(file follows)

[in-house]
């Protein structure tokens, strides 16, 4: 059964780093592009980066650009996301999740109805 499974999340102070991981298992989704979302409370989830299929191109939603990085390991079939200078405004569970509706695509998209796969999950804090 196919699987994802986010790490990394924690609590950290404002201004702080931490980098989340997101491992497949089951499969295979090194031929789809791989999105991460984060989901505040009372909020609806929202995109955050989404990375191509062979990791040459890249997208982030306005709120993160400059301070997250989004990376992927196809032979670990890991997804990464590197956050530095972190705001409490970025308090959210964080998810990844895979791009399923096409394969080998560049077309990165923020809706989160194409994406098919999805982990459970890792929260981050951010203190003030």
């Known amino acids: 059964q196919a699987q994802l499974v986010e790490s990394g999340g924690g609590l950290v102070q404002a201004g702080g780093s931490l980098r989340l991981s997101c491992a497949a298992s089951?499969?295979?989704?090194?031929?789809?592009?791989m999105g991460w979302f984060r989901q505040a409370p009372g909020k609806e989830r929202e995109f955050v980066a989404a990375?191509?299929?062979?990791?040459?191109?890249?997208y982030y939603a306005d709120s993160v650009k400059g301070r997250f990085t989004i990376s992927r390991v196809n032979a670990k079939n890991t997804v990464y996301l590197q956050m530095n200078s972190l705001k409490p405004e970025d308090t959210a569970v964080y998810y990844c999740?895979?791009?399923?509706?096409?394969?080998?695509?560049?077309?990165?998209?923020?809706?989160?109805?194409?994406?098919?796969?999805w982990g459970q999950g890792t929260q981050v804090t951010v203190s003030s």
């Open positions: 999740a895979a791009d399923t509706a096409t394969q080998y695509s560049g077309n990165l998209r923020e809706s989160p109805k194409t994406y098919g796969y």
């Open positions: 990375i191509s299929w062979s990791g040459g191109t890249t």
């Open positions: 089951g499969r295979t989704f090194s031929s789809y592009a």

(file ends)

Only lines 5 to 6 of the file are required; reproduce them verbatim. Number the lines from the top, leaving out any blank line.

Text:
């Open positions: 990375i191509s299929w062979s990791g040459g191109t890249t």
């Open positions: 089951g499969r295979t989704f090194s031929s789809y592009a």